How do you solve the issue of bad light in cricket?
It is a question that has been debated thoroughly throughout the second Test between England and Pakistan at The Ageas Bowl with seemingly dark skies and rain combining to prevent less than 100 overs being bowled.
Sky Sports pundits Shane Warne, Nasser Hussain and Michael Atherton discussed the matter during one such delay, coming up with potential solutions to keeping cricket on in the gloom.
Sky Sports has invited the ICC to join Sky Sports Cricket and comment on this issue but the ICC has declined that offer, saying they do not comment during active matches.
NASSER HUSSAIN – Play in less-than-ideal conditions, start games earlier, and change the old-school mindset…
“At the end of day three when we had very little rain, after a week of record temperatures, we had only had 86 overs of cricket. That is not good enough. Merely because conditions are not ideal, merely because the red ball is not picked up as well, is not a reason to walk off the field.
“Because we have been brought up in an era where we play so much cricket, we all woke up and occasionally opened our curtains and thought ‘thank goodness it’s raining’. We were all offered the light at 5pm and the first thing we did was take it. We can’t afford to do that anymore.
“These are unusual times. Countries have flown over and sacrificed a lot to go in quarantine – Jack Leach has been in a bubble for weeks without playing a game of cricket – and when you have an opportunity to play and the world is watching, do everything you can to stay on.
Imagine taking a kid to a Test match. They have looked forward to it all week. It gets a bit dark, they turn the lights on and 10 minutes later they are walking off. The kid turns to you and says ‘why are they going off?’ and you say ‘the light’s not good enough?’ Explain that. You have to try and stay on wherever possible.
“We cannot have the old mindset of doing everything you can to go off. Millions are watching and the ECB, even if we put all our cricket on this summer, could be over £100m down. We can’t afford to lose spectators that are desperate for cricket.
“On Sunday play was called off and fifteen minutes later there was bright sunshine. Even if it takes two hours to get the ground ready, you are still playing at 6pm, three hours it’s 7pm. Do whatever you can to stay on. Try and use every window of opportunity.
“Also, why don’t we start at 10.30am in the morning when it is perfect sunshine and we know the rain is coming. Why don’t we make up time then? At the end of the day when it’s getting darker we make up half an hour but at the beginning of the day when it’s getting lighter we don’t make up half an hour. Where is the sense in that?”
SHANE WARNE – Use pink cricket balls and tweak timings of play
“I think pink balls should be used. It’s not just here in England where we have trouble with bad light. If we lower the light level for what is deemed dangerous and use a pink ball, when the lights come on it is a lot easier to see. If that means a pink ball in bright sunshine during the day you can still see the ball easier.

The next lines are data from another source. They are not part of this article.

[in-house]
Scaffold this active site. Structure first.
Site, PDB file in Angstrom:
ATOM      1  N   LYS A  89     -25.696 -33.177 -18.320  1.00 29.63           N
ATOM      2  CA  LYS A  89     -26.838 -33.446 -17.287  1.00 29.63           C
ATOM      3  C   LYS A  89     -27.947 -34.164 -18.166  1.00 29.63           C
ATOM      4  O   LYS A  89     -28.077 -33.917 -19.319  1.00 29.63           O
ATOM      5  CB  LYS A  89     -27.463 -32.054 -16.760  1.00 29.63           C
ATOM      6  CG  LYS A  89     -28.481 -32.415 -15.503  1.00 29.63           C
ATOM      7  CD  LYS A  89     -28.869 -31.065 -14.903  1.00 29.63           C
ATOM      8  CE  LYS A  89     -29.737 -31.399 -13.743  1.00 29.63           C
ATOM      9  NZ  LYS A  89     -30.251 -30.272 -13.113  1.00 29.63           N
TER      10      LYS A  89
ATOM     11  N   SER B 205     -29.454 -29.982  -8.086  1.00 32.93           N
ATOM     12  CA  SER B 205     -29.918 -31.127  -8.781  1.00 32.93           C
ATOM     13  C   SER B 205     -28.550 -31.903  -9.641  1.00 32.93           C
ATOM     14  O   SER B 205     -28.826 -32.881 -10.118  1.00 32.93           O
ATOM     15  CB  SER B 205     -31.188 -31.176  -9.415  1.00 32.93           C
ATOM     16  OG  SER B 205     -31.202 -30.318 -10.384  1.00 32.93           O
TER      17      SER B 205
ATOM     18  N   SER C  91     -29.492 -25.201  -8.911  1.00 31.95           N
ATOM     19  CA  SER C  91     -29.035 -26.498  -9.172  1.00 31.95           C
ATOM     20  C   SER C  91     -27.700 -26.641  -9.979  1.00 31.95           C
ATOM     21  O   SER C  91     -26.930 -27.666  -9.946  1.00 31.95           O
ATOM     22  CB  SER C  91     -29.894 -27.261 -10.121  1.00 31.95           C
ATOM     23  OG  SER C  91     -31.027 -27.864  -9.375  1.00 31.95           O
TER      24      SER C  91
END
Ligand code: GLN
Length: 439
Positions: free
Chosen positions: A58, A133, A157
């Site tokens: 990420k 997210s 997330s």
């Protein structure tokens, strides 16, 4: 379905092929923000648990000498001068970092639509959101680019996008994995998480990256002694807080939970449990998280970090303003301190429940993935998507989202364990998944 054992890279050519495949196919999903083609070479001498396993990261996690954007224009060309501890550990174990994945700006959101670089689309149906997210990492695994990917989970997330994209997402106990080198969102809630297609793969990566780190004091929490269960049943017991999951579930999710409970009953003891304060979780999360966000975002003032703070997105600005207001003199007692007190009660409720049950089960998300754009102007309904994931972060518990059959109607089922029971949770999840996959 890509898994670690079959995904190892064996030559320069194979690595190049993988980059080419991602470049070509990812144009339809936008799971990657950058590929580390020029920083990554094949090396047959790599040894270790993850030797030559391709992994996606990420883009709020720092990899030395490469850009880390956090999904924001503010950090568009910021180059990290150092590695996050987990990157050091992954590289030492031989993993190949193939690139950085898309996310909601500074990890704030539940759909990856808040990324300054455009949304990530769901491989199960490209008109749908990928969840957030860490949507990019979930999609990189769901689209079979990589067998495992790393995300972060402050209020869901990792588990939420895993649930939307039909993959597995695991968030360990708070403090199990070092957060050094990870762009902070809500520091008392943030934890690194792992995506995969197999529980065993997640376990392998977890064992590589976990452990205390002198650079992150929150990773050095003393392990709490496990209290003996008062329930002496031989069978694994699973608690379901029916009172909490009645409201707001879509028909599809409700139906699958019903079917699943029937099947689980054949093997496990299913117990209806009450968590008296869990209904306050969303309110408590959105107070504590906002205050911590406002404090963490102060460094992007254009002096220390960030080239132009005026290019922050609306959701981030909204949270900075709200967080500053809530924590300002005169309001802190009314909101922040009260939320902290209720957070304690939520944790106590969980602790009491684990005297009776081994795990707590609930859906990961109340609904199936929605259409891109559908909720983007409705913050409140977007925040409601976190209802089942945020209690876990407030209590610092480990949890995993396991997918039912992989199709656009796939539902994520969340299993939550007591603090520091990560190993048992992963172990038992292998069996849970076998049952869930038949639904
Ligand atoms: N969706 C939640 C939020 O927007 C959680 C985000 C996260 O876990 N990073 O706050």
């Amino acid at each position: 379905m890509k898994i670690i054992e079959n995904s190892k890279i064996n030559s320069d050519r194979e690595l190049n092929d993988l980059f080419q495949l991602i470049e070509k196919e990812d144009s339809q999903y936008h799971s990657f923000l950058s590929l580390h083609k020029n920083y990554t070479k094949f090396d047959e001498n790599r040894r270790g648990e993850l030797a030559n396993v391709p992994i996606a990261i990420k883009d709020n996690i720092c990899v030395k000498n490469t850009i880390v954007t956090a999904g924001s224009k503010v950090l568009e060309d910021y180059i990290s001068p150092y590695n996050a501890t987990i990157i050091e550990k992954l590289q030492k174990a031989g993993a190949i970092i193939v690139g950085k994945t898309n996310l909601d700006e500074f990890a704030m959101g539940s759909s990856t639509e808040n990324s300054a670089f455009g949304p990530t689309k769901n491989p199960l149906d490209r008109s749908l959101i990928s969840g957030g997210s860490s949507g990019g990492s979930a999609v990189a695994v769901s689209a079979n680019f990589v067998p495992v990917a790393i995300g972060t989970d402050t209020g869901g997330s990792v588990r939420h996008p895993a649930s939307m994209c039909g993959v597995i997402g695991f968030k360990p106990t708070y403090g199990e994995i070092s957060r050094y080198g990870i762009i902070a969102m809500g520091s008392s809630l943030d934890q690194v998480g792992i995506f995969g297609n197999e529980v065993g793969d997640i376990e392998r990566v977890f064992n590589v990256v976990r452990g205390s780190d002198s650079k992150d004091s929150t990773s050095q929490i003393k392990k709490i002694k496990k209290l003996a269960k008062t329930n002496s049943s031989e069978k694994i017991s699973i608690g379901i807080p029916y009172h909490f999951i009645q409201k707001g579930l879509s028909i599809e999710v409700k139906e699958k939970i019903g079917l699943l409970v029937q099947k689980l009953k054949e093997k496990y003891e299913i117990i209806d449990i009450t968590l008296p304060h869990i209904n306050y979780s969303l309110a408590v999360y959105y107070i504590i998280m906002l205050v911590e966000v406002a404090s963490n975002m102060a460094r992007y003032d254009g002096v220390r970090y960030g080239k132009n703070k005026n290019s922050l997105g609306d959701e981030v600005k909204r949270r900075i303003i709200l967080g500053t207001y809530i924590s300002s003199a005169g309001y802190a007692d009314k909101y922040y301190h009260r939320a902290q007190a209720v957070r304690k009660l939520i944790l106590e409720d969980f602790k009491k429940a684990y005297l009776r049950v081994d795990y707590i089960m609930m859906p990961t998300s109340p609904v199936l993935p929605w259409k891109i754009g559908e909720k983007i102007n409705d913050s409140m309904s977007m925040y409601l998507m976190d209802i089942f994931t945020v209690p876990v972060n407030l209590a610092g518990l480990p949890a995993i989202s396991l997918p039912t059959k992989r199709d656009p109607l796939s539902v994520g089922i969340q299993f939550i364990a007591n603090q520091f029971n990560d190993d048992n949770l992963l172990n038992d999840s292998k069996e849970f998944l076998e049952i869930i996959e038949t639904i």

“I reckon what all ball manufacturers should come up with is the best pink ball possible and the ICC says this is the one that holds up under all conditions and we are going to use this for Test cricket. The crowd will see it better and I think we will stay out there longer.
“At the moment, I think we are going off when it’s not dangerous enough. I think you should have the light meter at a certain reading and stick to it so I think we could go a little bit lower and challenge when we go off. Is it dangerous right now or should we play on?
“I think we could also change the timings. We don’t always have to have lunch at a certain time. We could play two and a half hours, have a 20-minute break, and then go out there for two hours again. Why not take lunch at 3pm?
“When the conditions are right, we should be maximising the time of play. I think these short breaks are ridiculous. Why play for an hour and then go off for 40 minutes?”
MICHAEL ATHERTON – Be flexible and show more impetus
“There is room in there for a bit more flexibility than perhaps has been seen. If you ask any international umpire they will always use a light meter and always set a benchmark reading for the game. The regulations actually allow for a bit more flexibility. It is subjective.
“The umpires can say ‘we don’t think this bowling is good enough, this is a No 3 batsman, not a No 8 batsman, he is perfectly protected, the pitch is flat, we will allow play to happen’. Why the umpires don’t do that is because they want to be seen to be fair to both sides but I think this is an issue the game has to grasp.
It would be lovely to hear from a match referee or an umpire. We rang the ICC and asked them to put their side of it and were told they don’t communicate in the middle of a match. I do not think that is good enough. I think the umpires and match referee would love to put their side of it and tell us why there has been so little cricket. Then people could hear from who makes the decisions.
“The general public will find it very hard to understand why we are not playing with floodlights on. The game is dangerous in any circumstances and I don’t think that when the light deteriorates to a degree that that makes in any more dangerous.
Source: Read Full Article